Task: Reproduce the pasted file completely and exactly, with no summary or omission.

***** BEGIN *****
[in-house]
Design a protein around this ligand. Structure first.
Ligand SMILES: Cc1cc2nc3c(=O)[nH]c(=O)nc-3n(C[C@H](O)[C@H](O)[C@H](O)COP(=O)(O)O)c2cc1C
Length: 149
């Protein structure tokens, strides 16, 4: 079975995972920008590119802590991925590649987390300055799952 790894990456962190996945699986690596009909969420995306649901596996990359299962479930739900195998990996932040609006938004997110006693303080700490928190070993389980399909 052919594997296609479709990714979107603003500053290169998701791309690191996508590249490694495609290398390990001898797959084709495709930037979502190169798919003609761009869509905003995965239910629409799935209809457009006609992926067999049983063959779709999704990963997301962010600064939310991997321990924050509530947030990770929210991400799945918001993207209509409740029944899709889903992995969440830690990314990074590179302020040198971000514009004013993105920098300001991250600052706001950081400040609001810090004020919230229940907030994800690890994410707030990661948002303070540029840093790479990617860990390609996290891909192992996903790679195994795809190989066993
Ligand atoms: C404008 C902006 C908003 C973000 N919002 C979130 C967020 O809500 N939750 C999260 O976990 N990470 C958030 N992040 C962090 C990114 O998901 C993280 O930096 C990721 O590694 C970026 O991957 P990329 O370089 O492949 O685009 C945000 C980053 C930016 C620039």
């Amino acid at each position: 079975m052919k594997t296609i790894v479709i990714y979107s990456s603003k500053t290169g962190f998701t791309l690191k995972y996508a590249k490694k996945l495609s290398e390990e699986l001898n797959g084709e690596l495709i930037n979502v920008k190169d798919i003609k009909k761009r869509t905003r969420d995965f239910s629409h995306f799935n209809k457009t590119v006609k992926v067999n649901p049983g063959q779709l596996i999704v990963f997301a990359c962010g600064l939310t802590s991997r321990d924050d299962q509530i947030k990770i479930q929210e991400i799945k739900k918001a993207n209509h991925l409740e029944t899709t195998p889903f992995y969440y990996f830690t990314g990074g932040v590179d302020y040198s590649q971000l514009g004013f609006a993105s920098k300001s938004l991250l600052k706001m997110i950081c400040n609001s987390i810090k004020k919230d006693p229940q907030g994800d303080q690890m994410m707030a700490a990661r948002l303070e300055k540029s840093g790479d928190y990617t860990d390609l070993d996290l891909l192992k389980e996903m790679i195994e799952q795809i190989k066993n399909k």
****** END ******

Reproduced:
[in-house]
Design a protein around this ligand. Structure first.
Ligand SMILES: Cc1cc2nc3c(=O)[nH]c(=O)nc-3n(C[C@H](O)[C@H](O)[C@H](O)COP(=O)(O)O)c2cc1C
Length: 149
């Protein structure tokens, strides 16, 4: 079975995972920008590119802590991925590649987390300055799952 790894990456962190996945699986690596009909969420995306649901596996990359299962479930739900195998990996932040609006938004997110006693303080700490928190070993389980399909 052919594997296609479709990714979107603003500053290169998701791309690191996508590249490694495609290398390990001898797959084709495709930037979502190169798919003609761009869509905003995965239910629409799935209809457009006609992926067999049983063959779709999704990963997301962010600064939310991997321990924050509530947030990770929210991400799945918001993207209509409740029944899709889903992995969440830690990314990074590179302020040198971000514009004013993105920098300001991250600052706001950081400040609001810090004020919230229940907030994800690890994410707030990661948002303070540029840093790479990617860990390609996290891909192992996903790679195994795809190989066993
Ligand atoms: C404008 C902006 C908003 C973000 N919002 C979130 C967020 O809500 N939750 C999260 O976990 N990470 C958030 N992040 C962090 C990114 O998901 C993280 O930096 C990721 O590694 C970026 O991957 P990329 O370089 O492949 O685009 C945000 C980053 C930016 C620039």
């Amino acid at each position: 079975m052919k594997t296609i790894v479709i990714y979107s990456s603003k500053t290169g962190f998701t791309l690191k995972y996508a590249k490694k996945l495609s290398e390990e699986l001898n797959g084709e690596l495709i930037n979502v920008k190169d798919i003609k009909k761009r869509t905003r969420d995965f239910s629409h995306f799935n209809k457009t590119v006609k992926v067999n649901p049983g063959q779709l596996i999704v990963f997301a990359c962010g600064l939310t802590s991997r321990d924050d299962q509530i947030k990770i479930q929210e991400i799945k739900k918001a993207n209509h991925l409740e029944t899709t195998p889903f992995y969440y990996f830690t990314g990074g932040v590179d302020y040198s590649q971000l514009g004013f609006a993105s920098k300001s938004l991250l600052k706001m997110i950081c400040n609001s987390i810090k004020k919230d006693p229940q907030g994800d303080q690890m994410m707030a700490a990661r948002l303070e300055k540029s840093g790479d928190y990617t860990d390609l070993d996290l891909l192992k389980e996903m790679i195994e799952q795809i190989k066993n399909k």